first_imgShare Facebook Twitter Google + LinkedIn Pinterest By Jon Scheve, Superior Feed Ingredients, LLCWheat’s massive drop was most likely the cause for the decline in corn and beans the past couple of weeks. Large hedge funds often have positions in all three commodities, so if they were selling one, they might be selling all three.In the last 30 days, wheat, corn, and beans had significant decreases with moderate rebounds last week:Wheat decreased $1 per bushel then recovered 20 centsCorn decreased 25 cents per bushel then recovered 14 centsBeans decreased 45 cents per bushel then recovered 20 centsThis week’s recovery could make technical traders think prices have found a low. If so, they may consider re-ownership or short covering of recent sales in the futures market, which could help prices trend higher. I’ve noticed a few analysts and advisors who still have 10% to 25% of their 2017 corn unpriced. One advisor was suggesting that farmers price remaining ‘17 unsold corn if July ’19 futures hit $4. I asked this advisor how farmers, who set their basis last August or September, would show their losses rolling their futures or basis position forward. This advisor said they weren’t sure how to do that, because accounting for spread loss would hurt their average price for the year. It seemed as if they were going to just over look this problem. Why is this a problem?Most farmers who have on-farm storage usually can’t store more than 100% of one year’s harvest. So, if a farmer didn’t sell all of their 2017 harvested grain by September 2018, they would likely have to move the old crop grain in the bin before the start of the 2018 harvest.When the farmer moves their grain to an end user, the farmer is going to have to make a decision as to what will happen with that grain. The market doesn’t just allow farmers to deliver grain a month or two before harvest and wait to price it for free of charge any time in the future. Likely at almost every end user there will be a cost associated to not have the grain priced by Sept. 1. What are those costs?As the end of summer approaches a farmer has three choices with their old crop grain that won’t be stored at home:Price the futures at that time and be done marketing the 2017 cornPay to store their grain for 5 cents per month (or more) until a price point a farmer wants is attainedSet the basis for August or September delivery against September ’18 futures, and then wait for a rally to set the futures price before Sept. 1Sell cash grain at the end of August and buy futures back in a hedge account.Options 3 and 4 will have the exact same outcome going forward because an end user will treat the unpriced futures position the same way as having the long futures in a farmers account. Because the end user is going to want to have the basis priced as well. Option 2 would be the worst choice as the expenses after several months will be much higher than the other choices. So unsatisfied with fall prices, most farmers in this situation probably chose option 3 (or 4) over 1. Given the market situation at the time this was understandable, but there is a cost to do this. Because the market never rallied enough in late summer, most farmers probably looked at extending the pricing period of those bushels beyond Sept. 1. That however would also have cost farmers money because end users will charge the spread between the futures months back to the farmers. In this case, that will be the spread loss from September ’18 futures to Dec ‘18 futures which was 15 cents. So basically, farmers needed prices to rally more than 15 cents before Dec. 1 to be better off than just pricing the futures in late August.This cost is either applied to the basis value that was originally set with the end user when the delivery was being made, or it was applied to the rolling of futures in a hedge account. Again, both of these trades have the exact same outcome. What happened if the farmer still didn’t price the futures by Dec. 1?Likely some farmers didn’t sell and instead rolled their positions forward again this time to March ’19, but doing this meant they took another 15-cent spread loss in either their hedge account or a basis reduction. This would have then required that farmers get their grain priced before March 1. What if farmers didn’t price the futures by March 1?The March ’19 futures were incredibly boring and really went nowhere. So likely the farmer is probably still unpriced and had to roll their position forward again. I have seen several advisors in this situation talk about selling values against the July futures. Right now, the spread loss from March ’19 futures to July ’19 futures is 18 cents.I have seen several advisors suggesting that farmers should look at selling July futures around $4 or so. This means taking into consideration the spread losses from last September until July, using $4.03 July ’19 futures as a price goal is the same as:March ’19 at: $3.85 ($4.03 – .18 spread)December ’18 at: $3.70 ($4.03 – .18 & -.15 spreads)September ’18 at: $3.55 ($4.03 – .18, -.15 & -.15 spreads)In early December, March ’19 futures traded above $3.85 for 2 weeks. Last fall December ’18 corn futures were above $3.70 for 2 weeks. September ’18 was occasionally trading above $3.70 on and off for 2 weeks at the beginning of August.There weren’t that many, including me, who thought any of those trades were a good idea at the time. Many spoke of all the possible reasons the market could go higher. Now farmers are hoping to just get to a level this July that was already available to them at the end of August for the 2017 crop when you account for the spread loss.Delivering grain and waiting to price it until a later date in time is tricky and risky. Farmers will usually be fighting against the spread loss that occurs in a carry market (where futures are higher in the months after the current one). Even if they leave the crop unpriced on futures and basis and pay commercial storage they are facing an extremely steep hill to overcome. Only a huge rally can beat it, and those are not overly common and they are certainly unpredictable. So, farmers who have unpriced grain stored on the farm aren’t facing this problem?Farmers with on-farm storage and are unpriced at harvest won’t get charged the spread loss by rolling futures forward. That spread loss above is actually the market carry premium that so many in the trade talk about trying to capture. Unfortunately, a farmer will miss out on that carry premium if their grain isn’t sold by December 1st each year after harvestW, but at least its not an expense either. The reason its not an expense yet would be because the basis hasn’t been set. Once the basis is set then the potential for spread loss can occur. So, it’s usually better to sell all of my crop by harvest?With the prolonged sideways market below breakeven price levels, this is hard advice to swallow. But, if you step back and look at historical trends and costs associated with the spread loss, this is really a good rule of thumb. Like many farmers, I didn’t get all of my 2017 or even all of my 2018 corn sold before each harvest either. I did however finish up my 2017 crop before the end of August last year because I feared the type of scenario happening that I described above.While I’m not yet completely done with my 2018 corn sales I have been continuing to try and collect premium by selling calls and straddles on my unsold 2018 corn. The trades I have been doing would limit my upside potential but I have been fearing that the market won’t go up and I would much prefer to be sold and taking advantage of the market carry opportunity. And I’m doing this even though I have 100%+ on-farm storage.Farmers that don’t have on-farm storage have even bigger challenges if they aren’t fully sold before harvest. The odds are stacked against them as they continue to chase extreme rallies to offset their basis/spread losses. Please email jon@superiorfeed.com with any questions or to learn more. Jon grew up raising corn and soybeans on a farm near Beatrice, NE. Upon graduation from The University of Nebraska in Lincoln, he became a grain merchandiser and has been trading corn, soybeans and other grains for the last 18 years, building relationships with end-users in the process. After successfully marketing his father’s grain and getting his MBA, 10 years ago he started helping farmer clients market their grain based upon his principals of farmer education, reducing risk, understanding storage potential and using basis strategy to maximize individual farm operation profits. A big believer in farmer education of futures trading, Jon writes a weekly commentary to farmers interested in learning more and growing their farm operations.Trading of futures, options, swaps and other derivatives is risky and is not suitable for all persons. All of these investment products are leveraged, and you can lose more than your initial deposit. Each investment product is offered only to and from jurisdictions where solicitation and sale are lawful, and in accordance with applicable laws and regulations in such jurisdiction. The information provided here should not be relied upon as a substitute for independent research before making your investment decisions. Superior Feed Ingredients, LLC is merely providing this information for your general information and the information does not take into account any particular individual’s investment objectives, financial situation, or needs. All investors should obtain advice based on their unique situation before making any investment decision. The contents of this communication and any attachments are for informational purposes only and under no circumstances should they be construed as an offer to buy or sell, or a solicitation to buy or sell any future, option, swap or other derivative. The sources for the information and any opinions in this communication are believed to be reliable, but Superior Feed Ingredients, LLC does not warrant or guarantee the accuracy of such information or opinions. Superior Feed Ingredients, LLC and its principals and employees may take positions different from any positions described in this communication. Past results are not necessarily indicative of future results.last_img read more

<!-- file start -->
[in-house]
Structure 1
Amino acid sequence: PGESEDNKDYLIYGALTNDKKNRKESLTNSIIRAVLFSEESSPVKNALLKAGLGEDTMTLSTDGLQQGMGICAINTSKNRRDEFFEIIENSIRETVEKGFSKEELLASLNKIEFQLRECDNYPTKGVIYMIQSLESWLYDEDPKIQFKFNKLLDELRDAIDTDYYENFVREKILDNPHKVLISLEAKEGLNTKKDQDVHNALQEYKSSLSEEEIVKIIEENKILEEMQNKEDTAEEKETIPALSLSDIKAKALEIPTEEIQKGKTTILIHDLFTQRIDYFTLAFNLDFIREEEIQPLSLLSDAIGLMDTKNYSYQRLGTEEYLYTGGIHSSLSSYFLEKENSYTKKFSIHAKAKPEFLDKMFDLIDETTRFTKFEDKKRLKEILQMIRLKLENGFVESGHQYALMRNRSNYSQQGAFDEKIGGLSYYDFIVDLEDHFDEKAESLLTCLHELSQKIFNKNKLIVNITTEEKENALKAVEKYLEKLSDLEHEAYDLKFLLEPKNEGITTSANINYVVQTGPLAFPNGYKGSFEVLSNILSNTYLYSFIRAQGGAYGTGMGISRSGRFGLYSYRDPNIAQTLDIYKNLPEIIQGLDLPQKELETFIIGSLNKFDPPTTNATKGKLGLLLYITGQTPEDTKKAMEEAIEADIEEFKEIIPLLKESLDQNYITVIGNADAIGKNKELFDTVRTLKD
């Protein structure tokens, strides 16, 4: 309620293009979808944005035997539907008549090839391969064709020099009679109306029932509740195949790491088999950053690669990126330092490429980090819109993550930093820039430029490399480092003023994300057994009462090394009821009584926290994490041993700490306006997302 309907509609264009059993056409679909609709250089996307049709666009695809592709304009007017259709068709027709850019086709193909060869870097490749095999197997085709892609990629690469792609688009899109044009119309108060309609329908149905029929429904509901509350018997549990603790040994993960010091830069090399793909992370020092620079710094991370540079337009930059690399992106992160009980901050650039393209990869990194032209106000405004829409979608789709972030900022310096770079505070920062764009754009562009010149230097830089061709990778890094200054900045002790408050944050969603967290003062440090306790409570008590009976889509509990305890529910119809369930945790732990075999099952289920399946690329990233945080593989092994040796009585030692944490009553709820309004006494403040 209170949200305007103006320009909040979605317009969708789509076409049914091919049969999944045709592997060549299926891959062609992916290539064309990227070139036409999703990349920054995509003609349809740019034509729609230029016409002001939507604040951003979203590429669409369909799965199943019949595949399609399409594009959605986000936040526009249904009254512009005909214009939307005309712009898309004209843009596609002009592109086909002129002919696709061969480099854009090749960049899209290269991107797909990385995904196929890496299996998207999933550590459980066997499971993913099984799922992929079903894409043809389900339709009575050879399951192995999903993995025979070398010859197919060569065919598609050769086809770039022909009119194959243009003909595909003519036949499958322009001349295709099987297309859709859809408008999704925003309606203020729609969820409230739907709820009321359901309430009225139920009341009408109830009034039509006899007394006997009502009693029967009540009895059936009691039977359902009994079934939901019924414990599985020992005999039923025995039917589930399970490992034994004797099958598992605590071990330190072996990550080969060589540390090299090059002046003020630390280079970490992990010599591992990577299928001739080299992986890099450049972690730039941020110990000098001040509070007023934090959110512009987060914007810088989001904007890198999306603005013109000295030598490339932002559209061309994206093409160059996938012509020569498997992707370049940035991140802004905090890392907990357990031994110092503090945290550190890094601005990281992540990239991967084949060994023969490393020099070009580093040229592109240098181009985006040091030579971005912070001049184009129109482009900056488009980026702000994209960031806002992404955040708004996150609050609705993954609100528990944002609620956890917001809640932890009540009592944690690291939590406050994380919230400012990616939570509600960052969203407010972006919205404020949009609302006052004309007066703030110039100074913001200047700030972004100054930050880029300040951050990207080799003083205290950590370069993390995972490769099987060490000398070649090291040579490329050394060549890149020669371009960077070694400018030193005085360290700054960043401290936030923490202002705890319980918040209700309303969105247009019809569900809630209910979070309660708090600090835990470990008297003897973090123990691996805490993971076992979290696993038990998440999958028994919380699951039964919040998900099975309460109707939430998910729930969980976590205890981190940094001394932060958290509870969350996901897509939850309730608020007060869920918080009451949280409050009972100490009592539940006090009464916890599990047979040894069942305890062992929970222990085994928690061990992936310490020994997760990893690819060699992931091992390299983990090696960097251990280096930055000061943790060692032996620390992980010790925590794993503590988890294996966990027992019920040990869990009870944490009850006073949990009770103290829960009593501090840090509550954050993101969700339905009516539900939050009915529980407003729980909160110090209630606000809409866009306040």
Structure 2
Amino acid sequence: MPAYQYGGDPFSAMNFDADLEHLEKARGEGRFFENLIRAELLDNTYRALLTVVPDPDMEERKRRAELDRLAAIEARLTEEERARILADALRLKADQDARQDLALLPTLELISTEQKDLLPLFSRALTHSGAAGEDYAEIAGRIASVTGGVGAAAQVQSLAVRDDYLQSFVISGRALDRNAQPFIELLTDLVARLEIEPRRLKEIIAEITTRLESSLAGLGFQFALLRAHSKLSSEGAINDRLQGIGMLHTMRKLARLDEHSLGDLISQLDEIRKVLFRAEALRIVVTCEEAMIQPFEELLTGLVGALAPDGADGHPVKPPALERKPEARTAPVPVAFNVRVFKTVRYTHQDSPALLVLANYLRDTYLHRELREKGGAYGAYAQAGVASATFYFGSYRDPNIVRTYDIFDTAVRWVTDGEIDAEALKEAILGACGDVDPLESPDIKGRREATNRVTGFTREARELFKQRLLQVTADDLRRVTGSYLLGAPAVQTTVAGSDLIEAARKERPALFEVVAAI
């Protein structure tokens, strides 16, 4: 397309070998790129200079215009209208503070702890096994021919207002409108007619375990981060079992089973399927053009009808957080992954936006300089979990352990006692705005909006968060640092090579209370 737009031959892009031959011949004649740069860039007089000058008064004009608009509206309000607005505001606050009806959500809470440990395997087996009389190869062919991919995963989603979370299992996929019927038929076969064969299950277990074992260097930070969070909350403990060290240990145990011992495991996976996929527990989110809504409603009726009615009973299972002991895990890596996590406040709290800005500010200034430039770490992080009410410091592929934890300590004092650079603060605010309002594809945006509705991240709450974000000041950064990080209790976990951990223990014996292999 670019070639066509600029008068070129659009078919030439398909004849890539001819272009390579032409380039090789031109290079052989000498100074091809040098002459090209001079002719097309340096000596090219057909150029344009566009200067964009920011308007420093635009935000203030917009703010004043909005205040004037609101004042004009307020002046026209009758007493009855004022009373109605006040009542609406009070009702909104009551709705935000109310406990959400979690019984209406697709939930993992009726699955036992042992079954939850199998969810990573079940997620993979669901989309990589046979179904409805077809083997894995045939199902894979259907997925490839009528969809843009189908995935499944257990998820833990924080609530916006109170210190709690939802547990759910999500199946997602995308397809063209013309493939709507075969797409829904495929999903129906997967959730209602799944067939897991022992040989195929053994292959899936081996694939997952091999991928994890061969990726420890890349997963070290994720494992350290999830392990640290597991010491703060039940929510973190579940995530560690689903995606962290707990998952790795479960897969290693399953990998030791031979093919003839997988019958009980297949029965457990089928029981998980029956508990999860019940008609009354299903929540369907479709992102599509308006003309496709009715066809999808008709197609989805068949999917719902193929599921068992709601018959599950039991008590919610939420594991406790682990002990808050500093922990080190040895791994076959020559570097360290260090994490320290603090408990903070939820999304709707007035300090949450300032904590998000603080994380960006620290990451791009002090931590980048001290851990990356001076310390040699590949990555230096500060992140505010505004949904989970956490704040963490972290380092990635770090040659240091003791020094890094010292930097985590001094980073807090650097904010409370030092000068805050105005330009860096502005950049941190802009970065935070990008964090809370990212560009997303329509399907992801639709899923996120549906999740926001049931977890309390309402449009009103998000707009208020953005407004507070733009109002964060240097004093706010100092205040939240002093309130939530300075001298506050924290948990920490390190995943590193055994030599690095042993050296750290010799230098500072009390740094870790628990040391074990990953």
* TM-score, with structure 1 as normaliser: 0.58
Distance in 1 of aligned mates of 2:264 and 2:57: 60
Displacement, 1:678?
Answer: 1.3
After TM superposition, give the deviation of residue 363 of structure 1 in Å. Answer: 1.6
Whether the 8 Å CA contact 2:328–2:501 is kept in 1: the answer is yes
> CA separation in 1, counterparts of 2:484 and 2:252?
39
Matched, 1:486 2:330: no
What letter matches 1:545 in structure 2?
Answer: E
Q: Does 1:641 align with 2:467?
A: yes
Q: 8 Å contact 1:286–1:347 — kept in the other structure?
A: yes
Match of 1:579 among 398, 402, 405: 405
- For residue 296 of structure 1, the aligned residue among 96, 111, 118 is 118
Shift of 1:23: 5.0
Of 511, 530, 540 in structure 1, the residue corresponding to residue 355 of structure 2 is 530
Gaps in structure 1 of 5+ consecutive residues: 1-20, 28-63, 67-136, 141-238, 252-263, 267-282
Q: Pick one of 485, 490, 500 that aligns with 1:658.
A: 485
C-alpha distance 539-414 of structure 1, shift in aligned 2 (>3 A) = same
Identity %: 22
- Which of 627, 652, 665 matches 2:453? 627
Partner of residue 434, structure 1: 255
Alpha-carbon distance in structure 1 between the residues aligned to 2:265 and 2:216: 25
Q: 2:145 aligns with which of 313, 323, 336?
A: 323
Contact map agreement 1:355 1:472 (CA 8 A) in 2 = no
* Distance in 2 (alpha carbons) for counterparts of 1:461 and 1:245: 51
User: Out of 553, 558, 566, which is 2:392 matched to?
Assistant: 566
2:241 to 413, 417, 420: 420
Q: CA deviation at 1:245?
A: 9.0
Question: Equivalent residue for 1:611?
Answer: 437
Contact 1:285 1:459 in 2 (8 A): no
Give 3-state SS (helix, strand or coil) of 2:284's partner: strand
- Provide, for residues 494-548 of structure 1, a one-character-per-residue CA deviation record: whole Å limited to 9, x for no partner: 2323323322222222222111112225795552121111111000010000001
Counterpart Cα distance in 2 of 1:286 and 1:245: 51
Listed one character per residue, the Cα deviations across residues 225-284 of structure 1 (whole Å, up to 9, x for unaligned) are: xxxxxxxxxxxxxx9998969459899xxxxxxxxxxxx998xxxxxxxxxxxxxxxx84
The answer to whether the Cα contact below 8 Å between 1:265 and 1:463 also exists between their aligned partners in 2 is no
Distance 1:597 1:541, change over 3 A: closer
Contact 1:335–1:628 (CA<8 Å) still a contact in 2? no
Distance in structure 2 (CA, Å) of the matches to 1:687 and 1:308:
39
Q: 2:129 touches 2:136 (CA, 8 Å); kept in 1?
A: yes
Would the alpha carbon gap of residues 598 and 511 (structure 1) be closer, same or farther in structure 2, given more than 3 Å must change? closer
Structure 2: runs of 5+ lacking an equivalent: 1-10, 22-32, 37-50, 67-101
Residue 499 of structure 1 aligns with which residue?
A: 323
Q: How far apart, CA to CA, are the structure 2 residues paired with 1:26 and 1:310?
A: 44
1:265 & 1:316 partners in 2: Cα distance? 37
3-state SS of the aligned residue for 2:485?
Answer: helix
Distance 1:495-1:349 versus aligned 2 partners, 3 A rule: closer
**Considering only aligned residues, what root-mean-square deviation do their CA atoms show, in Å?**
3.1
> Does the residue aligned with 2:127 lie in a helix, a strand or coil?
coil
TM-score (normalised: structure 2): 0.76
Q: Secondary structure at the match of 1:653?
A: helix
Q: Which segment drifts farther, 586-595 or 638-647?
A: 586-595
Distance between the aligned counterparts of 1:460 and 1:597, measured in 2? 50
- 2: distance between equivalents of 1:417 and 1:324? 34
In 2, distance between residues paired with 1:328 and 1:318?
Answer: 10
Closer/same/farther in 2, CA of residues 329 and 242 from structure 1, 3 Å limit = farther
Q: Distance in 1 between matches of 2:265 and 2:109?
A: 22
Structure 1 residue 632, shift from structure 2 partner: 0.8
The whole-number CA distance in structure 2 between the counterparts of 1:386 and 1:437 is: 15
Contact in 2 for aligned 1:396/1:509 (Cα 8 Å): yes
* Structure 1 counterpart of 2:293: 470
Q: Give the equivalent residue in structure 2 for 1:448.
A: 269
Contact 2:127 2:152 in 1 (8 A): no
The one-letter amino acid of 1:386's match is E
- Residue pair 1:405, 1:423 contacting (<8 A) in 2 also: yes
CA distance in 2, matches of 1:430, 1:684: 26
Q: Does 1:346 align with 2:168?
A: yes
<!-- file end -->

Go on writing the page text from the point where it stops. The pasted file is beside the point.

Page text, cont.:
first_imgThe long-term water supply projects in Rajasthan will be completed on time to ensure the availability of water in the geographically difficult areas. Chief Minister Ashok Gehlot has given instructions for speeding up implementation of water supply schemes for both drinking and irrigation.Mr. Gehlot said at a review meeting here after the appointment of committees for the Rajiv Gandhi Jal Sanchay Yojana that the long-term projects would permanently resolve the issue of paucity of water caused by scanty and erratic rainfall in the State. “The projects should be formulated to meet the local needs and regularly monitored,” he said.The progress of projects financed by institutions such as the National Bank for Agriculture and Rural Development, Japan International Cooperation Agency and New Development Bank as well as the dam, canal and small irrigation projects was reviewed on the occasion.The committees appointed at the district, block and village panchayat levels for the Yojana will coordinate the activities of various departments and monitor the progress of work for water conservation.last_img read more